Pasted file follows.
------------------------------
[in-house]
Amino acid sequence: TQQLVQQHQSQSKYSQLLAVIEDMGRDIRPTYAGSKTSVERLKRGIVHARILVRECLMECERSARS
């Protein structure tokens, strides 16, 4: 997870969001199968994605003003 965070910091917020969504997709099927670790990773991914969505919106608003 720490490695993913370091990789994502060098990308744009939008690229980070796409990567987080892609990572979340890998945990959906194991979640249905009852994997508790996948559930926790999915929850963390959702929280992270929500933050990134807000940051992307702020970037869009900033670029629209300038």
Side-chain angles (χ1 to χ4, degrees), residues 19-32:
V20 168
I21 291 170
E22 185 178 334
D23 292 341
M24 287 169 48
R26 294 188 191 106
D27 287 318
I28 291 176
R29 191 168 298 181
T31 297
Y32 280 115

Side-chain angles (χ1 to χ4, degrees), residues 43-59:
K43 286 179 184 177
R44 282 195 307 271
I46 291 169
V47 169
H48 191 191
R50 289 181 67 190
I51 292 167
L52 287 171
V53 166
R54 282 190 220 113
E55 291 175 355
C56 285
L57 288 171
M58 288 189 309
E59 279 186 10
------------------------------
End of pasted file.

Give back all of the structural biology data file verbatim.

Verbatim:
[in-house]
Amino acid sequence: TQQLVQQHQSQSKYSQLLAVIEDMGRDIRPTYAGSKTSVERLKRGIVHARILVRECLMECERSARS
């Protein structure tokens, strides 16, 4: 997870969001199968994605003003 965070910091917020969504997709099927670790990773991914969505919106608003 720490490695993913370091990789994502060098990308744009939008690229980070796409990567987080892609990572979340890998945990959906194991979640249905009852994997508790996948559930926790999915929850963390959702929280992270929500933050990134807000940051992307702020970037869009900033670029629209300038």
Side-chain angles (χ1 to χ4, degrees), residues 19-32:
V20 168
I21 291 170
E22 185 178 334
D23 292 341
M24 287 169 48
R26 294 188 191 106
D27 287 318
I28 291 176
R29 191 168 298 181
T31 297
Y32 280 115

Side-chain angles (χ1 to χ4, degrees), residues 43-59:
K43 286 179 184 177
R44 282 195 307 271
I46 291 169
V47 169
H48 191 191
R50 289 181 67 190
I51 292 167
L52 287 171
V53 166
R54 282 190 220 113
E55 291 175 355
C56 285
L57 288 171
M58 288 189 309
E59 279 186 10